French Horn Guide Part 2

Intermediate - Introduction to The Double Horn:

As the student progresses, they will outgrow, either physically or experientially, the single horn they started on and be advised to move on to a double horn. The double horn is quite literally the combination of a Bb horn and the longer F horn into one instrument. The double horn achieves this by stacking the valve tubing of both instruments, one on top of the other, and using double layer rotary valves that operate on both horns simultaneously. By activating an additional thumb valve, the player can immediately and smoothly switch between the two layers to play the horn in the key of their choosing.

Double horns in the intermediate level are offered in two types: full double and the less common compensating (or half) double. Both these instruments have four valves, have two layers of valve slides, are pitched in Bb and F and change between the two via a thumb operated valve. Valves 1,2 and 3 operate the same as the single horn and alter the pitch accordingly regardless if the player is on the Bb or F side of the horn.

The full double horn has the F valve slides on top and the Bb slides on a layer below. When played in F, the air is routed through the top level of the rotor and slides (along with some extra length of tubing) and out the bell. When played in Bb, the air is routed to the lower level of the rotor and slides (and a shorter route) before going out the bell. When playing in F, the lower Bb slides and tubing is not utilised and likewise when playing in Bb the F slides and tubing is not utilised.

  • The image below shows the Bb horn air route on a full double horn. Starting from the leadpipe and main tuning slide to the change valve to the Bb tubing loop then back to the change valve and on to the bell (the underside level of valves 1, 2 & 3 and the shorter tuning slides are used to change notes in this route but are not highlighted).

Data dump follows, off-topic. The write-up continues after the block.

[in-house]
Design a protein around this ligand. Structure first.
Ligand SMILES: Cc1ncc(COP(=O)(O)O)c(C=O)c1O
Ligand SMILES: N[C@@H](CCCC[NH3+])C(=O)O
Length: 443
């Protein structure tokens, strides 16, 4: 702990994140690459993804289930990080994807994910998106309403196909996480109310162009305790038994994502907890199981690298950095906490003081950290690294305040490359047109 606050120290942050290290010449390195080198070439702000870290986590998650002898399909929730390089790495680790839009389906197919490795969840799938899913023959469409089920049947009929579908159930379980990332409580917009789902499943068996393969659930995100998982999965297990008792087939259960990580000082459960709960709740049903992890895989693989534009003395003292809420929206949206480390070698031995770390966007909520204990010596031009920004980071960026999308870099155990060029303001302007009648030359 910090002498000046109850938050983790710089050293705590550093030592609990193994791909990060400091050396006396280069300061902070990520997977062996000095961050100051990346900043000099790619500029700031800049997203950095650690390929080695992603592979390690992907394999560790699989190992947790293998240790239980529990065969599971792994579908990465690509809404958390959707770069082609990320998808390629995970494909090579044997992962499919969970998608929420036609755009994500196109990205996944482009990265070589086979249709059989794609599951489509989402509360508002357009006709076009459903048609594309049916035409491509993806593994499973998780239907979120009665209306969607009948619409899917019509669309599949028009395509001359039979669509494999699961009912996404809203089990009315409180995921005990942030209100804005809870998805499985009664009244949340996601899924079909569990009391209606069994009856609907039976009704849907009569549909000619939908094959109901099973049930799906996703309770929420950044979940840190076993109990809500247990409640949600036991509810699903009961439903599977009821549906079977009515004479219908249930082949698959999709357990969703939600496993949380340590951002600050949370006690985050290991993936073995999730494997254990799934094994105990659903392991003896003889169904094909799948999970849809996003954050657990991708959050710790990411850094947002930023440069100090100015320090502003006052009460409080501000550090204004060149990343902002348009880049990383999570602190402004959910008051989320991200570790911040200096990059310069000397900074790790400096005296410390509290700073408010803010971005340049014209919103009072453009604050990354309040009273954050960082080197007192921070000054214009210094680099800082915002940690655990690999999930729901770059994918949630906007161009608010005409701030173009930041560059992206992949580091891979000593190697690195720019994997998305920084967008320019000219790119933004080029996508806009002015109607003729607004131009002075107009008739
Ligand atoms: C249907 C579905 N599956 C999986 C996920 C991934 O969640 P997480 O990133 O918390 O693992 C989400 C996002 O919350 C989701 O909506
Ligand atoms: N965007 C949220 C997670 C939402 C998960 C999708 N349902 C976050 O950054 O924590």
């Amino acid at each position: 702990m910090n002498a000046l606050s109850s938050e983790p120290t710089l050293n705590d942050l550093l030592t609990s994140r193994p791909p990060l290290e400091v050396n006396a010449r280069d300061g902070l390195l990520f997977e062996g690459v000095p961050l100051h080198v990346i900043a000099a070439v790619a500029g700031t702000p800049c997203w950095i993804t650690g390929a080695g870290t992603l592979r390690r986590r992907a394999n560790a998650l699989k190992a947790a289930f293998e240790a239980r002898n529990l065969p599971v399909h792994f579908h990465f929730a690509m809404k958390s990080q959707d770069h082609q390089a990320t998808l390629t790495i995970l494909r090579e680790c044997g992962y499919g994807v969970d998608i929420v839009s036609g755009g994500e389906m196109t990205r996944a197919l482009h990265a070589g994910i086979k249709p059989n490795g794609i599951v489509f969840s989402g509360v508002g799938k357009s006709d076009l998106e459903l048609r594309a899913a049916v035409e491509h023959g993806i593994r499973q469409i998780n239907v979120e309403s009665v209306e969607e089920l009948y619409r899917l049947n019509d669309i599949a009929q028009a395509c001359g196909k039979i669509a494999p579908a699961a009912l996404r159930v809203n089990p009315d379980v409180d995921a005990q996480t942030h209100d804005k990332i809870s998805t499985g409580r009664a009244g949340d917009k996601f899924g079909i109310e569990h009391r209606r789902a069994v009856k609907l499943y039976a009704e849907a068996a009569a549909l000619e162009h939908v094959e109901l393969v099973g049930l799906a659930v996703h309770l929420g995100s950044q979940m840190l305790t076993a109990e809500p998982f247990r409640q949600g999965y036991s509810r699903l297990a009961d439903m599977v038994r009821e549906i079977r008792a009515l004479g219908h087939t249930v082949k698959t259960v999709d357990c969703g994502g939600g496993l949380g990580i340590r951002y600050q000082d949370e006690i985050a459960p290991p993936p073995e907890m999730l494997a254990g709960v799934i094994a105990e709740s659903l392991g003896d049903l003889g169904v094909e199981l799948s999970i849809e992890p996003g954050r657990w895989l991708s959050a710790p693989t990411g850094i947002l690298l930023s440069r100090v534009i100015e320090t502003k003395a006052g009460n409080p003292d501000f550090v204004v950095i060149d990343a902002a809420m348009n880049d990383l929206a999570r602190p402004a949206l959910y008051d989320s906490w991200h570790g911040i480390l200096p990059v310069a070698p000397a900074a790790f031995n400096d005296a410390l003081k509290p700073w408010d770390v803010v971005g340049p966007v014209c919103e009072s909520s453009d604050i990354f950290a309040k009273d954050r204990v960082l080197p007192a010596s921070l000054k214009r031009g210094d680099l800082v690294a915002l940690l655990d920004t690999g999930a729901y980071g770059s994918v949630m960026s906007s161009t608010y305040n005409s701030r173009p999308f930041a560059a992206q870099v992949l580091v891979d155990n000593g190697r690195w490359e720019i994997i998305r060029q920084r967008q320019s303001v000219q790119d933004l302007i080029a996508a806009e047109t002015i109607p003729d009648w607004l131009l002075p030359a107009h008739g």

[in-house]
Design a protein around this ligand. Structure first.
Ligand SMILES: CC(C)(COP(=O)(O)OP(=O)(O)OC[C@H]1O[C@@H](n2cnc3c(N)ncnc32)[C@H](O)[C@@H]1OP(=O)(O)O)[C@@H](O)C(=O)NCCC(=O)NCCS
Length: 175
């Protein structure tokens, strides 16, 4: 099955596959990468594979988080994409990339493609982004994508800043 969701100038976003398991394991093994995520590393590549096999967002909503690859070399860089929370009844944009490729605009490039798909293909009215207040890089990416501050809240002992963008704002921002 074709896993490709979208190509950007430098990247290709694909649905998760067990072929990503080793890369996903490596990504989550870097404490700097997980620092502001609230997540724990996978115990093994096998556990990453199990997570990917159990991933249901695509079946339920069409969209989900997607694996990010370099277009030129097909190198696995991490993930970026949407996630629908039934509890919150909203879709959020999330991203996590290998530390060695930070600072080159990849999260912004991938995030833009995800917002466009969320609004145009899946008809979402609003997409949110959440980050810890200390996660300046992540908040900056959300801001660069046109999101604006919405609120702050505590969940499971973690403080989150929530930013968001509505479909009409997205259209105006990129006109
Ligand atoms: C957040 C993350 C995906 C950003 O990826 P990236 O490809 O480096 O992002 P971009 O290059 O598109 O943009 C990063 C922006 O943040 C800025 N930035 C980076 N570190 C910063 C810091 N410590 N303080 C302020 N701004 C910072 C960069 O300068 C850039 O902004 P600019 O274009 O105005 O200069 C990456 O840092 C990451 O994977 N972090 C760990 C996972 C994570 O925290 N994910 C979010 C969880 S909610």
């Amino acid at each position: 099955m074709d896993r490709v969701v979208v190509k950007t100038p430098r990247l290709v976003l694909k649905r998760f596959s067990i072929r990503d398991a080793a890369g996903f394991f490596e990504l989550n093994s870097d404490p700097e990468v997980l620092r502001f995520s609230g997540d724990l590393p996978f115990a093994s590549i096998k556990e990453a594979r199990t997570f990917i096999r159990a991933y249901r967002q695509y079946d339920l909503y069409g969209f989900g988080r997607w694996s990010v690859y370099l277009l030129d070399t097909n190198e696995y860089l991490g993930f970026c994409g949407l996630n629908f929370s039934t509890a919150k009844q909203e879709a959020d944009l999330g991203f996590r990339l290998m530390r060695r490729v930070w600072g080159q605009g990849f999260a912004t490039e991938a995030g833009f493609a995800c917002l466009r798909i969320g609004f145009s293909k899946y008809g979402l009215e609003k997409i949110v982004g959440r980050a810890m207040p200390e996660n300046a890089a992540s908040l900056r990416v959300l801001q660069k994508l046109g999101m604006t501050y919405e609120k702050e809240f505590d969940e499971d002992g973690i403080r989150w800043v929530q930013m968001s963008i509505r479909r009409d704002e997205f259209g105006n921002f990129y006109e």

• This image shows the longer F horn air route from leadpipe and main tuning slide to change valve to horn tubing loopback to change valve to bell (the longer top layer of valves 1, 2 & 3 and tuning slides are used by the F horn but are not highlighted).

 Furthermore, full double come in multiple styles or “wraps” - Geyer and Kruspe being the most common. I go much further in depth on the differences between these two wraps in the High Level Double Horns section. 

  • Both instruments below are full double horn models. Note the different location of the thumb operated 4th valve:

The compensating double horn works a bit differently. The top layer of slides on a compensating double horn are pitched in Bb. So when the horn is played in Bb, the top layer of the rotor and slide tubes are being utilised. When played in F, the top AND bottom layer of slides (along with some extra tubing) become engaged to lower the pitch accordingly - adding tubing to “compensate” to reach the lower pitch. 

  • Notice the shorter slide tubes on the top of the compensating horn:
  • The image below show the airstream through a compensating horn in Bb with the air always passing through the top side of the valve section (and using the top layer of slides - not highlighted).  
  • This image shows the compensating section added to the Bb horn creating a horn in F, having the air pass through the valve section twice (using both the top layer of slides and the bottom layer of slides - not highlighted).

    Which is better? Both systems are fully functional and each have certain advantages. The compensating double horn is about 20% lighter due to the fact that more of the tubing is shared. This lighter horn is a terrific option for a primary school age player that is ready to step up but finds the full double horn difficult to manage. A compensating double horn will play very much like a full double horn when played in Bb. When played in F, though, the compensating double horn can feel stuffier due to the sharper twists and turns the airstream must make.